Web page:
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Stanislaw Aronson papers

Document | Digitized | Accession Number: 2013.432.1

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    Stanislaw Aronson papers

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    Collection of photographs and documents relating to the Aronson and Kaffeman family in Warsaw and Łódź before the war.
    Credit Line
    United States Holocaust Memorial Museum Collection, Gift of Stanislaw Aronson
    Collection Creator
    Stanisław S. Aronson
    Stanislaw Staszek (Shlomo) Aronson is the son of Waldemar Aronson and Helena Kaffeman. He was born in Warsaw, Poland on May 6, 1925. The couple married in 1919 and their older child, daughter Janina Janka was born on May 6, 1921. The Aronson family was a well off Warsaw Jewish family with close ties to the Lodz textile business. All four of Staszek's grandparents were observant Jews, but none of their children adhered to the rules of Judaism. Both the Aronson and the Kaffeman families celebrated all the Jewish holidays out of respect for their older generation. The Aronson family lived in the building, which belonged to Abram and Fryda Aronson, but in 1931 they moved to Lodz, where Staszek's father conducted most of his business. They settled on a one floor of the house, which belonged to Jakub and Sara Kaffeman, Helena Aronson's parents, at Zeromskiego Street in Lodz. Two of Helena's brothers: Leon and Beno lived there as well. About the same time Abram Aronson moved to Tel Aviv in Palestine and two of his sons and one daughter. One daughter: Relka Warszawska, Mieczyslaw and Rafal Aronson and of course Waldemar Aronson with his family remained in Poland.

    On September 1, 1939 Germany invaded Poland and the Aronson family started on their journey eastwards, first to Warsaw and then to Rowno, where they spent a few months contemplating what to do next. They finally reached Lvov. Staszek started to attend school. The Aronson family managed to avoid deportation to the east by the Soviets. In June 1941 Germany invaded USSR and reached Lvov in early July. Helena's parents fled Lodz to Warsaw and wrote to their daughter to return to Warsaw. In the fall of 1941 Staszek, his parents, and sister were smuggled out of Lvov and into the Warsaw ghetto. Staszek found employment in "Astra" adding machines factory in the ghetto, but in July 1942 he lost this position. He and his father started to work in a labor gang outside the ghetto, which was a back-breaking work with minimal food. Janka, Staszek's older sister moved out from their apartment at 36 Chlodna Street. She just disappeared, which probably meant that she was caught during the mass deportations of July and August 1942.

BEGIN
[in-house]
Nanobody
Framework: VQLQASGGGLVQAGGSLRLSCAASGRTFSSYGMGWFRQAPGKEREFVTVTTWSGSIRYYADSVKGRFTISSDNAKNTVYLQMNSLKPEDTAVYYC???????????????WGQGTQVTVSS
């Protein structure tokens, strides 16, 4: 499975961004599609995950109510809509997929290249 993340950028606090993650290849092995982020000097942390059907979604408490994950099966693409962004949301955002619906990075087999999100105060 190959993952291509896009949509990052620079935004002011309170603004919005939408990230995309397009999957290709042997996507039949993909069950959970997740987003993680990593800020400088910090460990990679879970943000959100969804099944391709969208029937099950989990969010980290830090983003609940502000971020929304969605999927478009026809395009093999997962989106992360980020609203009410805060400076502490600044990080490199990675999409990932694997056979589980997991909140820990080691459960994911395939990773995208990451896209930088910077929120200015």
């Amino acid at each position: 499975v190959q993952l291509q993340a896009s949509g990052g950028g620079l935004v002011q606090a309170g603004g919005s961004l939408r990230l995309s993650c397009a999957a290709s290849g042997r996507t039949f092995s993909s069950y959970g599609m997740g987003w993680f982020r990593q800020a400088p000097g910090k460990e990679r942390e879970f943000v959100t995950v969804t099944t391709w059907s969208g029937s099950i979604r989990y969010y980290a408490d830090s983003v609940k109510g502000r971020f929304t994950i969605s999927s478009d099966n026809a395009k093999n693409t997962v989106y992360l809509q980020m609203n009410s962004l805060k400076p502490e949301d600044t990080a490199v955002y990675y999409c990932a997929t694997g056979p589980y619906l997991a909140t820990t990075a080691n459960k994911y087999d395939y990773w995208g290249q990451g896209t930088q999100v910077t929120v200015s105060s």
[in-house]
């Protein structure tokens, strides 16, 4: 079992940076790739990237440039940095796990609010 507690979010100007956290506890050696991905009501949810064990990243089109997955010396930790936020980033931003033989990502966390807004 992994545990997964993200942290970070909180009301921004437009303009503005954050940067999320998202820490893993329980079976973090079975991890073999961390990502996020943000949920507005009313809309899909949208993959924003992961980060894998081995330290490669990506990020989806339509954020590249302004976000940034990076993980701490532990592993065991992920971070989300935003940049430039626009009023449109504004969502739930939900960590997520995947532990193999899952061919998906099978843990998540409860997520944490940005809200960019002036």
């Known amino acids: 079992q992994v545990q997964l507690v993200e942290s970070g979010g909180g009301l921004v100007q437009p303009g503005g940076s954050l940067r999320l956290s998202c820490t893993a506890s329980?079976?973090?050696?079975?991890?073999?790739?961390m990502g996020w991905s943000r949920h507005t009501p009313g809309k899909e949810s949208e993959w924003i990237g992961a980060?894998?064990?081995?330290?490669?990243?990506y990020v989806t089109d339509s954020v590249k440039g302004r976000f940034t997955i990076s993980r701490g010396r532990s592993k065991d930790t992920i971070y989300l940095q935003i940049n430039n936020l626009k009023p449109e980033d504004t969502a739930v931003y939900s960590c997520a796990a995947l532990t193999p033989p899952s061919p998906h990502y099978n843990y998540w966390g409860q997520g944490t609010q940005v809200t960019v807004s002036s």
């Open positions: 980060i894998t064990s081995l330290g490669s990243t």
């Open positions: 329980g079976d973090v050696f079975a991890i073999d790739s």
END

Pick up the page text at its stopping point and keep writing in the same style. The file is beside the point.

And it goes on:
On January 18, 1943 the Germans renewed the deportations of Jews to Treblinka. Staszek and his parents were forcibly taken by the SS to the Umschlagplatz and placed them in the school building. One wing of the school served as a children's hospital and the other as a waiting station before deportation. Staszek ventured to another part of the building to find out more information about the destination of the transport. When he wanted to return to his parents, he was beaten by the SS-men and he never saw his parents again. He was pushed into a wagon and he noticed a small unsecured window. He was very thin and he started to plan his escape. The train left the station around 5 AM and after 15 minutes or so it stopped. Staszek pushed toward the opening and squeezed himself out. He made a run toward the woods and spent the rest of the night in a wooden chapel. In the late morning Staszek gathered courage to approach a house. The Polish man fed him and didn't ask any questions. He walked Staszek to a small train station and 20 minutes later Staszek was in the center of Warsaw. He became Rysiek Zurawski and later Zukowski.

    Staszek was accepted into the elite "Kedyw" unit (Kierownictwo Dywersji) Sabotage Division of the Polish Underground AK (Home Army). Staszek fought in the Warsaw Uprising during which he was severely wounded in early August 1944. After the liberation Staszek relocated to Lodz. With the help of the "Bricha" he reached Austria and later Italy, where he rejoined the Polish Army in exile. In September 1946 Staszek traveled to Tel Aviv to visit his father's family who came to Palestine at different times before the war. A year later he was officially discharged from the Polish Army and in 1948 Staszek enlisted in "Hagana", which later became the Israel Defense Force in May 1948. Staszek fought as an officer in the War of Independence of Israel. He served in IDF reserves as Lieutenant Colonel. Staszek Shlomo Aronson and his wife Margo Fratkin Aronson have two children: Lana and Matty.

    Physical Details

    Polish English
    1 folder

    Rights & Restrictions

    Conditions on Access
    There are no known restrictions on access to this material.
    Conditions on Use
    Material(s) in this collection may be protected by copyright and/or related rights. You do not require further permission from the Museum to use this material. The user is solely responsible for making a determination as to if and how the material may be used.

    Keywords & Subjects

    Personal Name
    Aronson, Stanislaw.

    Administrative Notes

    Donated to the United States Holocaust Memorial Museum in 2013 by Stanislaw Aronson.
    Funding Note
    The acquisition of this collection was made possible by the Crown Family.
    Record last modified:
    2023-02-24 13:41:45
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